Interpretation: In some cases, a calculation of value is preferred due to scope, time, and monetary limitations or based on the type of litigation setting. Additionally, both experts may agree to perform calculation engagements to address those limitations. However, it is important to note that a member may not utilize a calculation engagement for the sole purpose of excluding relevant information or methods that may manipulate the ultimate value.
Question: Can a calculation engagement be performed if an opposing expert, party, or attorney restricts access to financial data, information, or inspection in a litigation setting?
Answer: It depends. The member needs to analyze the facts and circumstances of the engagement to determine if the member can develop a calculation of value given any restrictions or limitations.
Interpretation: The member must consider scope limitations which affect the level of reliance on the information and shall serve the client interest by seeking to accomplish the objectives established with the client, while maintaining integrity and objectivity. In litigation, opposing attorneys are free to question expert witnesses about alternative methods or approaches not considered in forming the opinions offered. If the opposing party or attorney restricts access to financial data (tax returns, financial statements, information [interviews, discovery responses], or inspection [site visits, making copies of pertinent documents]) in a litigation setting, the member should advise his/her client and/or attorney to advise the court of the opposing side’s actions.
Question: If asked to review a conclusion of value or calculated value and a member proposes changes, is the member performing their own conclusion of value or calculated value if the changes result in a different number?
Answer: Yes. Members should refer to the Business Valuation Review (Section VI) of the NACVA Professional Standards. “…If the member provides a conclusion of value or calculated value as a part of the review of another valuation analyst’s work, the member must follow NACVA’s General Business Valuation Standards…” However, “If the member does not provide a conclusion of value or calculated value as part of the business valuation review, the member need only provide an opinion, including the basis and reason for the opinion, as to whether the report under review is appropriate and not misleading within the context of the requirements applicable to that work…” Specifically, members should consider Review Engagement Report Standards (Section VIII, a, III) for additional detail.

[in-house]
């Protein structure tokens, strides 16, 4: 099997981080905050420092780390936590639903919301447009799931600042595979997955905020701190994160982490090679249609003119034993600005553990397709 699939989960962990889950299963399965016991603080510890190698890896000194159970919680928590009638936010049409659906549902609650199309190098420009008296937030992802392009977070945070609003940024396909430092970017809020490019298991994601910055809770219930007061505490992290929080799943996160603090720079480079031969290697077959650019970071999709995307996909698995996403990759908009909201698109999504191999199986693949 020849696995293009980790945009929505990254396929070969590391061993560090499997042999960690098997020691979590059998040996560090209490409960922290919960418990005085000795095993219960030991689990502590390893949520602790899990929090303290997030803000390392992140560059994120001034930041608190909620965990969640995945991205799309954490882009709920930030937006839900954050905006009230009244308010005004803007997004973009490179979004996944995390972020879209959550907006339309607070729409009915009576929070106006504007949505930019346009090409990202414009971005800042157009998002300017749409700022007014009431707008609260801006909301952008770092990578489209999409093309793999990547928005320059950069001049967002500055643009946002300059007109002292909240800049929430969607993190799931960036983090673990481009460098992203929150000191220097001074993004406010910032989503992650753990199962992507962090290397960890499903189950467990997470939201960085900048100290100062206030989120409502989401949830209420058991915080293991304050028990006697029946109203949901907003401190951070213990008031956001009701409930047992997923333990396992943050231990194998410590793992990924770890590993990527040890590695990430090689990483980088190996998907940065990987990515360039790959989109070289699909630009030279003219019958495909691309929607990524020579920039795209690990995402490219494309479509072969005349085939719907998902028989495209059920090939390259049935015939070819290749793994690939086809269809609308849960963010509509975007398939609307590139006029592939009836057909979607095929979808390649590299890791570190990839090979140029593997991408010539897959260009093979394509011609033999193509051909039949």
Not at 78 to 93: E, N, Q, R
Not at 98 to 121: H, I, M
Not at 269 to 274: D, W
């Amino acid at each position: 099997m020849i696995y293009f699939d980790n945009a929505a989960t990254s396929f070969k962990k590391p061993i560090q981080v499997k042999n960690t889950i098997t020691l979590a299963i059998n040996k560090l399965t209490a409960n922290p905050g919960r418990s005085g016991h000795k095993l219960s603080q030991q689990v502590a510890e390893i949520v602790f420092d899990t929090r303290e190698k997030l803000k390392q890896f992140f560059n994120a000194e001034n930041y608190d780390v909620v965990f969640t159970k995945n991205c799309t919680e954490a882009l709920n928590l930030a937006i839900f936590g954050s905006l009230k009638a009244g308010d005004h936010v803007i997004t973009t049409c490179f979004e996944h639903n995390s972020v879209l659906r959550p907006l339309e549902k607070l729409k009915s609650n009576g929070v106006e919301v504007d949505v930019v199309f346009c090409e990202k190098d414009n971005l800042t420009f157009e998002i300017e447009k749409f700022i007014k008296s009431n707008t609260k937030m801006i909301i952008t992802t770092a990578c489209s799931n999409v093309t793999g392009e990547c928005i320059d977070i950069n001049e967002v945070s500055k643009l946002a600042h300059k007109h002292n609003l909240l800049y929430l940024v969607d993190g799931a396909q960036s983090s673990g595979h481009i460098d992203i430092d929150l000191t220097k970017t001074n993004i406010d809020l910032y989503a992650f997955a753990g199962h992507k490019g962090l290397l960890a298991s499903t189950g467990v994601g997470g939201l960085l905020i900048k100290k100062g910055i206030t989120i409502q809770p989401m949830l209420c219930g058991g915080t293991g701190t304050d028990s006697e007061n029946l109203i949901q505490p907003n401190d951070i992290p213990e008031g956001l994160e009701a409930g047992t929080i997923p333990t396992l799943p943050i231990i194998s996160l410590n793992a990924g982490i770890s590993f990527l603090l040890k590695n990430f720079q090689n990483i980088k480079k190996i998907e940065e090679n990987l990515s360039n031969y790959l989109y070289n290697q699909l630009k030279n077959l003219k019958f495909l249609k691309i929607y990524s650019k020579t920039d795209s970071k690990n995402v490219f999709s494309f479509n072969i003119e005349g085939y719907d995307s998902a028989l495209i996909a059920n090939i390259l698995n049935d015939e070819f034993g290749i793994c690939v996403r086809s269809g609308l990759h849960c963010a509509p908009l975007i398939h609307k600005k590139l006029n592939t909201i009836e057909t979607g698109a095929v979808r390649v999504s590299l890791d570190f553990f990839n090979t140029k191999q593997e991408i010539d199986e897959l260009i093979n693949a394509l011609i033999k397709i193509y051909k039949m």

Interpretation: The business valuation review is a type of service, whether written or oral, intended to provide users an opinion regarding the credibility of the work product of another valuation analyst. The member must “Develop an opinion as to whether the report is appropriate and not misleading within the context of the requirements applicable to that work; and develop the reasons for any disagreement.” Members should refer to Business Valuation Review (Section VI), Review Engagement Development Standards (Section VII), and Review Engagement Reporting Standards (Section VIII) when performing review engagements. Specifically, members should consider Review Engagement Report Standards (Section VIII, a, III) for additional detail.
Standards Board FAQs as approved by the EAB 02/11/21: